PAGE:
Bathroom Safety Tips for Your Family
Bathrooms are a particularly dangerous part of the home. It's a dangerous place for falls and injuries to occur. Common bathroom accidents include scalds, fainting from heat, falls on slippery floors, and head injuries from falling against bathroom fixtures. It is important to install devices designed to prevent accidents — such as grab bars, bath mats, and bath rails. Here are some tips to help you improve safety in your bathroom: 1. Bathroom doors locked from the inside can delay important medical intervention if an accident occurs.
Make sure the bathroom has an easy way to unlock the door from the outside. The bathroom is the most likely area of a household where a person may fall. Bathroom floors can be very slippery if they get wet. It is not always easy to see the wet area.
Nonslip floors in the bathroom will help prevent slips and falls. Don't have loose rugs on bathroom floors. Remove any throw rugs from the bathroom and all corridors leading to the bathroom. Placing non-skid adhesive strips in the tub or on the floor of the bathroom is an easy and inexpensive way to prevent falls. Install grab bars to help you get in and out of the bathtub or shower. Grab bars can help prevent falls. Check existing bars for strength and stability, and repair if necessary. A light switch near the door will prevent you from walking through a dark area.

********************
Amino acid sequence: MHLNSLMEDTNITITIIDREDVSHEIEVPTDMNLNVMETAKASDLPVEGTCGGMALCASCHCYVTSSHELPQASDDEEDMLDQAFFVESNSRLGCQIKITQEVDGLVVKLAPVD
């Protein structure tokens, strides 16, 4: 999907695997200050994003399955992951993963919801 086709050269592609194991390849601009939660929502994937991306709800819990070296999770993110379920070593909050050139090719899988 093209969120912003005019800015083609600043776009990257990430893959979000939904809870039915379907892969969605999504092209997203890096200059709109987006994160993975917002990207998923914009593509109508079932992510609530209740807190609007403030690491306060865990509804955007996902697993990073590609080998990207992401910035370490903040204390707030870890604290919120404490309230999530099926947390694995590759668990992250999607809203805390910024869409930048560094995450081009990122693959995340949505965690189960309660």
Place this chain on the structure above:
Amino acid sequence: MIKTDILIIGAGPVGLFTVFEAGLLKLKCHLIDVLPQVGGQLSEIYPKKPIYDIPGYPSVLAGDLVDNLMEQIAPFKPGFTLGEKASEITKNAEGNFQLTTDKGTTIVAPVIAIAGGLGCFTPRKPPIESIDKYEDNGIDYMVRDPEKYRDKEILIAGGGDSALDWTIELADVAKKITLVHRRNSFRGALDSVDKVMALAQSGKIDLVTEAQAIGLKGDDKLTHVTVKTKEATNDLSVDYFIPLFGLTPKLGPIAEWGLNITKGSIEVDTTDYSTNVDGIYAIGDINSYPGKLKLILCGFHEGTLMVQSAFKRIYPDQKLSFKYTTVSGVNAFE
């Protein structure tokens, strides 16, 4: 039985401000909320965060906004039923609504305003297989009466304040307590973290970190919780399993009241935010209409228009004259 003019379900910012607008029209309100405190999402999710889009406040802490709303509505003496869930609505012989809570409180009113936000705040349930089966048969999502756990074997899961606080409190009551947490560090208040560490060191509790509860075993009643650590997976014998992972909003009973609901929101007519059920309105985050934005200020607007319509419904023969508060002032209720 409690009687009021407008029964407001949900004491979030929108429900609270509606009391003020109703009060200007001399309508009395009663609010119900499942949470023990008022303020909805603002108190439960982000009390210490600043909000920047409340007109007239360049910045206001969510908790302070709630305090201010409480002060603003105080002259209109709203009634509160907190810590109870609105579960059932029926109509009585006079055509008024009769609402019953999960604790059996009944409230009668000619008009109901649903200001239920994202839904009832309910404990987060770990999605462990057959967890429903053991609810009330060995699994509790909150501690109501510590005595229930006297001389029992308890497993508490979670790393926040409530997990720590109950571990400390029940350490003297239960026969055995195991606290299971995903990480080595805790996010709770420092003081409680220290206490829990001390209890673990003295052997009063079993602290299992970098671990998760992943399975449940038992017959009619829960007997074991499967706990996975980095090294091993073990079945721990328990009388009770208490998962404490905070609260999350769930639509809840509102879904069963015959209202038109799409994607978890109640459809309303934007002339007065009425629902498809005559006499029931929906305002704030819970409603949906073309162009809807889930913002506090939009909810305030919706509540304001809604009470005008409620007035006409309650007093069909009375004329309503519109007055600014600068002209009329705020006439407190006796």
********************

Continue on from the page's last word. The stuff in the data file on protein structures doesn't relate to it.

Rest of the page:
Consider replacing the existing switch with a "glow switch" that can be seen in the dark. Always test the temperature of the bath or shower water with your hand before you get in. The heat from the hot water in the bath or shower could make you lightheaded, so don't stay in the water too long. Water temperature above 120 degrees can cause tap water scalds. Lower the setting on your hot water heater to "Low" or 120 degrees. As far as electricity is concerned, the bathroom is possibly the most dangerous room in the house. Water is a very efficient conductor of electrical current which makes the combination of water and electricity potentially lethal. Don't place a plug-in radio, a compact disk player, or a cassette tape player near your bath and don’t allow electric cords to trail where people can trip on them.
Always make sure that your bathroom is well lit and invest in several night lights. Even an appliance that is not turned on, such as a hairdryer, can be potentially hazardous if it is left plugged in. If it falls into water in a sink or bathtub while plugged in, it could cause a lethal shock. Many falls occur when a person is rushing to get to the toilet. It is easy to skid on a wet floor or a loose mat around the base of the toilet. Use the toilet before it becomes a matter of urgency. People with a wide variety of physical and mental impairments may require some modification of the bathroom to improve safe access to the toilet. Bathrooms should be modified to compensate for the person's altered mobility.